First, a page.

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Original Research ARTICLE

Front. Chem., 22 May 2019 |

Full Dimensional Potential Energy Function and Calculation of State-Specific Properties of the CO+N2 Inelastic Processes Within an Open Molecular Science Cloud Perspective

Andrea Lombardi1,2*, Fernando Pirani1, Massimiliano Bartolomei3, Cecilia Coletti4 and Antonio Laganà2,5,6
  • 1Dipartimento di Chimica, Biologia e Biotecnologie, Università di Perugia, Perugia, Italy
  • 2Consortium for Computational Molecular and Materials Sciences (CMS)2, Perugia, Italy
  • 3Instituto de Física Fundamental, Consejo Superior de Investigaciones Científicas, Madrid, Spain
  • 4Dipartimento di Farmacia, Università “G. d'Annunzio” Chieti-Pescara, Chieti, Italy
  • 5CNR ISTM-UOS Perugia, Perugia, Italy
  • 6Master-UP srl, Perugia, Italy

A full dimensional Potential Energy Surface (PES) of the CO + N2 system has been generated by extending an approach already reported in the literature and applied to N2-N2 (Cappelletti et al., 2008), CO2-CO2 (Bartolomei et al., 2012), and CO2-N2 (Lombardi et al., 2016b) systems. The generation procedure leverages at the same time experimental measurements and high-level ab initio electronic structure calculations. The procedure adopts an analytic formulation of the PES accounting for the dependence of the electrostatic and non-electrostatic components of the intermolecular interaction on the deformation of the monomers. In particular, the CO and N2 molecular multipole moments and electronic polarizabilities, the basic physical properties controlling the behavior at intermediate and long-range distances of the interaction components, were made to depend on relevant internal coordinates. The formulated PES exhibits substantial advantages when used for structural and dynamical calculations. This makes it also well suited for reuse in Open Molecular Science Cloud services.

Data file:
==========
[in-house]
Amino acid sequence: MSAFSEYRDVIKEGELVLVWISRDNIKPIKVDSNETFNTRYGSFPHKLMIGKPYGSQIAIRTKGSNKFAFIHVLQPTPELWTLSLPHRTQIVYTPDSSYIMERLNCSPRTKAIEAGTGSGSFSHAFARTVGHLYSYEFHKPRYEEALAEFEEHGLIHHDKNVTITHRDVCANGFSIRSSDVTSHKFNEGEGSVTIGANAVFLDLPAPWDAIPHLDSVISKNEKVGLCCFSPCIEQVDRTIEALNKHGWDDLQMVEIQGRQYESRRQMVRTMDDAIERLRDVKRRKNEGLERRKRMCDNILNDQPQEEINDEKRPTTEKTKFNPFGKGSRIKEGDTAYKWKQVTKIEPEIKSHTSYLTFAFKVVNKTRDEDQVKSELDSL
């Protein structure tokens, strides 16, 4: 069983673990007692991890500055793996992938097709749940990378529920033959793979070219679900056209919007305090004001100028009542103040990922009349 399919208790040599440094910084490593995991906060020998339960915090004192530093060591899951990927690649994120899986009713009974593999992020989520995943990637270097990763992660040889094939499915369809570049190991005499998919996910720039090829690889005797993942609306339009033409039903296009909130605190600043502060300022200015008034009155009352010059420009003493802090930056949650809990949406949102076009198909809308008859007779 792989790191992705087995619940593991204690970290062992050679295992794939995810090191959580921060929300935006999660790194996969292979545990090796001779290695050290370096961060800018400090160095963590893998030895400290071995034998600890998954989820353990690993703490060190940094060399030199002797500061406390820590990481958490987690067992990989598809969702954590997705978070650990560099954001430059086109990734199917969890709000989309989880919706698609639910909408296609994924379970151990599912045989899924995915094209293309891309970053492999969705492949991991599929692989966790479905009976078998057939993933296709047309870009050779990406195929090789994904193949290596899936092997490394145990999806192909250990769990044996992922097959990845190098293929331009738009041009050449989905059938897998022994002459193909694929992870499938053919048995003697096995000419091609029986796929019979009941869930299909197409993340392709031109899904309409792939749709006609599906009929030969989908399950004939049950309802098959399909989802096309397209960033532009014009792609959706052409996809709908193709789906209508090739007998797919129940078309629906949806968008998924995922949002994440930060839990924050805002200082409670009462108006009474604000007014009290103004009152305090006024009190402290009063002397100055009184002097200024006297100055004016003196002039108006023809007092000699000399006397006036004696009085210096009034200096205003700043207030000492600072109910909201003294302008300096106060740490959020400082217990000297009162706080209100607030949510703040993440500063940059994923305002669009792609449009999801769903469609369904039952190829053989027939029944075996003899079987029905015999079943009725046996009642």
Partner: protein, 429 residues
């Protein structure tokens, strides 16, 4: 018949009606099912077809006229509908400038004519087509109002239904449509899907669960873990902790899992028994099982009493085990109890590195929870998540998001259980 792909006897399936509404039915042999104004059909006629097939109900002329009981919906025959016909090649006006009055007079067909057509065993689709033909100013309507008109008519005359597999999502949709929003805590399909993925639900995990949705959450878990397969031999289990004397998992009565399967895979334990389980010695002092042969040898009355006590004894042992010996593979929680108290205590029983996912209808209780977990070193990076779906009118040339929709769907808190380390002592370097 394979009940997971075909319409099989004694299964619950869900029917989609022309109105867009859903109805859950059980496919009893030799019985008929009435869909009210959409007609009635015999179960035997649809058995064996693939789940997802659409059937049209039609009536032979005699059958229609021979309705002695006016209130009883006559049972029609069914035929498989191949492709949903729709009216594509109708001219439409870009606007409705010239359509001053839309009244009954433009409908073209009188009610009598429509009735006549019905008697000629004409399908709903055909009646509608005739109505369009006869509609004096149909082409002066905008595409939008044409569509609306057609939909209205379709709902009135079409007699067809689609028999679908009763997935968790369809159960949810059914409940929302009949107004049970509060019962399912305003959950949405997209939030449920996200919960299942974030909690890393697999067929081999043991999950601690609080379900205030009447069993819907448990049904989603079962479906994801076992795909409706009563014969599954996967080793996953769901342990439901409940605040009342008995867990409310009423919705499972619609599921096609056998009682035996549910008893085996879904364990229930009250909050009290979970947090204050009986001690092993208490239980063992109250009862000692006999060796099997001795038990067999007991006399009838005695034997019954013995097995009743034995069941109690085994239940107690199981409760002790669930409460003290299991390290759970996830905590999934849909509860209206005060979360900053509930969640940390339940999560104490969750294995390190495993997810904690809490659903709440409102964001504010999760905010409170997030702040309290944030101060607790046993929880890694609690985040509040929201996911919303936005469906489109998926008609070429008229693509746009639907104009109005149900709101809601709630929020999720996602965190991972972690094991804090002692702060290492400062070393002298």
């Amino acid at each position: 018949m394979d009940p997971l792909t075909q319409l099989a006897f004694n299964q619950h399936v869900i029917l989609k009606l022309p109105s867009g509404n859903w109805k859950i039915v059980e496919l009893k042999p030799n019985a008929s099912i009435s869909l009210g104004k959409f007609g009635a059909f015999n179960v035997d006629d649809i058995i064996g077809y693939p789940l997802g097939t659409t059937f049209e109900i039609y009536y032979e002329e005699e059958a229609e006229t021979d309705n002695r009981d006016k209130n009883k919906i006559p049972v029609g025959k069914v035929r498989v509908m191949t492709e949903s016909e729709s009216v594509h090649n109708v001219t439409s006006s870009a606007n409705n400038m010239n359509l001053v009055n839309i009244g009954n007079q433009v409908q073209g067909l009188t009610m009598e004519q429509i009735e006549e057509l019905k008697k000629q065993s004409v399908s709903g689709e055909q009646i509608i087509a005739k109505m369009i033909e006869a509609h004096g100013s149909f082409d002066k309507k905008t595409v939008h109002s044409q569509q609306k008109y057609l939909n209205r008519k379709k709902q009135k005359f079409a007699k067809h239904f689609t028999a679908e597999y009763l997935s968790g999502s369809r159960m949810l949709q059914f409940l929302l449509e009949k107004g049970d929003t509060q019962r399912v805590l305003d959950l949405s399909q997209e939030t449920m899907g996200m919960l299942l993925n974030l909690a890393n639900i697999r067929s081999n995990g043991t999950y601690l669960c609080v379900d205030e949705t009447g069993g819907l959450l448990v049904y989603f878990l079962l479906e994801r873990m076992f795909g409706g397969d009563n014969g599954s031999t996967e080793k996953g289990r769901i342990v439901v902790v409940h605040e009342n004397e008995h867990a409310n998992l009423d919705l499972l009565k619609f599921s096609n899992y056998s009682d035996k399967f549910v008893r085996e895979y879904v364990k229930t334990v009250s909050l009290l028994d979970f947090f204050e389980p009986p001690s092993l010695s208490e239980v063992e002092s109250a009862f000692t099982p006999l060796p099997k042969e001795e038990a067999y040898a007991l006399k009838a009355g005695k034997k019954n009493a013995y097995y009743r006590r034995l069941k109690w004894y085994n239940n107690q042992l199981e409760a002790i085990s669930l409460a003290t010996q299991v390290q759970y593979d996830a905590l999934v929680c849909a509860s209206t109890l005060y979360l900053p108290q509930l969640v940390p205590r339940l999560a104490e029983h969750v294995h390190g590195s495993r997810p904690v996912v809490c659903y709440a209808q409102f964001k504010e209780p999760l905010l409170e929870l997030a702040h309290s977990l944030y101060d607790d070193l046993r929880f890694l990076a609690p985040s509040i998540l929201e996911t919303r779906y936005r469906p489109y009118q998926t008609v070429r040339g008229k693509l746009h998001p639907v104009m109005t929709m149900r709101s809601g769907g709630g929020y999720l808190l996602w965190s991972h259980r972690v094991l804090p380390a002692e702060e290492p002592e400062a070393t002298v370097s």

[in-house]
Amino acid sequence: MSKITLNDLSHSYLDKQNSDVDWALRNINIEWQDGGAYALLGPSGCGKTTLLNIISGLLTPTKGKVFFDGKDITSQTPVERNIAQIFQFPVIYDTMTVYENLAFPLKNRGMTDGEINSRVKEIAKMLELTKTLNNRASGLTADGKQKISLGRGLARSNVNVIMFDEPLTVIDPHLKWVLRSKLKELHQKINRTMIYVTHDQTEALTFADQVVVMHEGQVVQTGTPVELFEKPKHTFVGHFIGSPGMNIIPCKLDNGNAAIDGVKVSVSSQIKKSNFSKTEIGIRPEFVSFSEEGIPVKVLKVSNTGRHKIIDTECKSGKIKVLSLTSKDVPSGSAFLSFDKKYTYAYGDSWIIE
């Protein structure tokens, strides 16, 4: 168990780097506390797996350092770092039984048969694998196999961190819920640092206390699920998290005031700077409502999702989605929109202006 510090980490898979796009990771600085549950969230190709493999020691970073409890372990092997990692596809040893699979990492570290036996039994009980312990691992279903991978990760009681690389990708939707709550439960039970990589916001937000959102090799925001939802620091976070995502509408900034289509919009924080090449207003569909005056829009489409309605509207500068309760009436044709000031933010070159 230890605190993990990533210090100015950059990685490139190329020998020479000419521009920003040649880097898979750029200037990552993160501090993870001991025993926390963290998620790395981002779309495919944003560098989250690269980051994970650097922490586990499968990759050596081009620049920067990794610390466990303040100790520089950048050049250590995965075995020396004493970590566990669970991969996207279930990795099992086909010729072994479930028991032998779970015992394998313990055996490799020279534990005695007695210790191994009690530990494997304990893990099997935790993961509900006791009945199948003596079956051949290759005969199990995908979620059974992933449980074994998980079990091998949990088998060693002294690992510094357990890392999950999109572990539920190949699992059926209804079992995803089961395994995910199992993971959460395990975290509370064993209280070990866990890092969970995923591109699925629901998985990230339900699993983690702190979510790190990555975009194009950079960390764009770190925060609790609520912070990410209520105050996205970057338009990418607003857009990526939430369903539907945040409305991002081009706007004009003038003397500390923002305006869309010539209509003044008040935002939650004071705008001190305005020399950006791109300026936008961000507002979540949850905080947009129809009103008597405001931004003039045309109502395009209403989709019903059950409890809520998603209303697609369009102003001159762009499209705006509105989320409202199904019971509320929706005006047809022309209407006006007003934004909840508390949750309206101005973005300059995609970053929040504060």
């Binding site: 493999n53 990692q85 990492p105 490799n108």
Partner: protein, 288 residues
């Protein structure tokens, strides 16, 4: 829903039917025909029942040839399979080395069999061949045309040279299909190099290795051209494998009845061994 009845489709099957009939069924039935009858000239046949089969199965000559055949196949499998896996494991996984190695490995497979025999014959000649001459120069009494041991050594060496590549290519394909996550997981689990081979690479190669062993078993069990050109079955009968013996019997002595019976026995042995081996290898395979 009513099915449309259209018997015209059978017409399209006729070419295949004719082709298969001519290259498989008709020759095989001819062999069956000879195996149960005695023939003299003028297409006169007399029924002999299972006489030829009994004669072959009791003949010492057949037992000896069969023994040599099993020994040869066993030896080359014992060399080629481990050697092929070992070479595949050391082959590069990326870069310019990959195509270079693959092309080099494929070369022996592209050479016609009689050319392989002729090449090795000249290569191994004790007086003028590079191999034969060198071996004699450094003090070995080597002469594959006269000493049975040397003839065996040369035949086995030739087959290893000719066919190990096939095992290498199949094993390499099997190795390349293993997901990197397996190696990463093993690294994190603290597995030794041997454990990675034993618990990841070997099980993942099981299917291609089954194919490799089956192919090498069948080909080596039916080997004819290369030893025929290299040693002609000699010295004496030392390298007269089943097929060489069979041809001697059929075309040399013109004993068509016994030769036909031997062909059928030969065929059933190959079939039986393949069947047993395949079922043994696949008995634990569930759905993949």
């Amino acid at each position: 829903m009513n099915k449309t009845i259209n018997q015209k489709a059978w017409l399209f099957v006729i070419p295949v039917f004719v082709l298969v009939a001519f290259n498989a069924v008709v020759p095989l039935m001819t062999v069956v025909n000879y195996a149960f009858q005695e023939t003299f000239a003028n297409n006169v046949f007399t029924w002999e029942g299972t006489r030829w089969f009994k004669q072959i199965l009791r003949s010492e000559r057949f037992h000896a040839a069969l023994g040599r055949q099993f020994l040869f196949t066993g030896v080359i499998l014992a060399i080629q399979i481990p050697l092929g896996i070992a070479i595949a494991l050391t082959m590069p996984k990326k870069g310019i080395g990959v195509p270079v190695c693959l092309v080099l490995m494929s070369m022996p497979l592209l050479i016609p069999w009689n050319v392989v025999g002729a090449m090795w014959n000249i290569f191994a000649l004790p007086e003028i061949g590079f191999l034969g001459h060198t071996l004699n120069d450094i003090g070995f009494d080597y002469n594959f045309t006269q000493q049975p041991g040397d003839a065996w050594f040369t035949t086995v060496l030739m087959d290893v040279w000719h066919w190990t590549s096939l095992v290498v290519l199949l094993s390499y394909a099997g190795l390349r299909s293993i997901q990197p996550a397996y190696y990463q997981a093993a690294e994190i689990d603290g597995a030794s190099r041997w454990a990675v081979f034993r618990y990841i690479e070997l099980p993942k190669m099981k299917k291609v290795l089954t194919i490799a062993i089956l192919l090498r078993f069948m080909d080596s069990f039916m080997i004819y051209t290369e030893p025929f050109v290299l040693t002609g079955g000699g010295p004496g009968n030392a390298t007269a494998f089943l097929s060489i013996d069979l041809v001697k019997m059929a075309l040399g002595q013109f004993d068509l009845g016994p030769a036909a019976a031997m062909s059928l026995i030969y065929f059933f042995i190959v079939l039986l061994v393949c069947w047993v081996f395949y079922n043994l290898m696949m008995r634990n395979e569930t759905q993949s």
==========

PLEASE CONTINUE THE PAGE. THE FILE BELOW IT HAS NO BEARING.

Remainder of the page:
1. Introduction

The presence of significant traces of CO in gaseous systems in which molecular nitrogen N2 is an abundant component is a frequent situation in astrochemistry, plasma chemistry and combustion. Besides obvious implications for combustion and CO2 plasmas, CO plays an important role in planetary atmospheric chemistry (He et al., 2017), and it has been detected in Titan, Triton, and Pluto as a stable minor constituent (Lellouch et al., 2010), contributing to the energy balance of the planet and the chemistry of small organic molecule formation. For example, recent studies consider the contribution of CO to the formation and role of atmospheric hazes present in a number of solar system and exoplanetary atmospheres (He et al., 2017) and, particularly, hydrocarbon hazes, which have substantial radiative heating and cooling effects in such atmospheres, as observed for Saturn's moon Titan (Tomasko et al., 2008; He et al., 2017; Hörst et al., 2018) and for Jupiter's stratosphere (Zhang et al., 2015) (not to mention the role of CO in the Earth's atmosphere chemistry). Organic hazes are particularly interesting due to astrobiological implications, such as the potential for Titan's atmosphere to contain the building blocks of life (Hörst, 2012; Fabiano et al., 2017). It was recently shown in a series of atmosphere simulation experiments using gas mixtures of CO, CH4, and N2 (Hörst et al., 2018) that the inclusion of CO has a dramatic effect on the gas phase chemistry as well as on the density and composition of the solid material that is formed. In this respect, CO can actually be seen as the smallest molecule that could serve as a source of oxygen and carbon in space and planetary atmospheres.